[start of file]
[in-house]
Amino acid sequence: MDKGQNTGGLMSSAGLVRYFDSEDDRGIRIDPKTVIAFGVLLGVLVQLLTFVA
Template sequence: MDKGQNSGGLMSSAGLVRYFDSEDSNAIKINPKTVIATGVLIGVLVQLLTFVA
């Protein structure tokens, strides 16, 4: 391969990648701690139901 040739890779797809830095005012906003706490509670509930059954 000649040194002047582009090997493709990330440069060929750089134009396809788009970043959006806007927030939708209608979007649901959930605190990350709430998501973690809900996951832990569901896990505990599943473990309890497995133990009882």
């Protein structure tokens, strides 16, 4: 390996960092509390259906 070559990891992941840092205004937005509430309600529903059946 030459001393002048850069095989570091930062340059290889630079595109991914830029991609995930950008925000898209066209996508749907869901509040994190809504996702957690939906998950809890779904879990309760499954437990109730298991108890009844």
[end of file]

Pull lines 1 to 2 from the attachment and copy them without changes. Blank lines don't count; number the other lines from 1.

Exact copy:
[in-house]
Amino acid sequence: MDKGQNTGGLMSSAGLVRYFDSEDDRGIRIDPKTVIAFGVLLGVLVQLLTFVA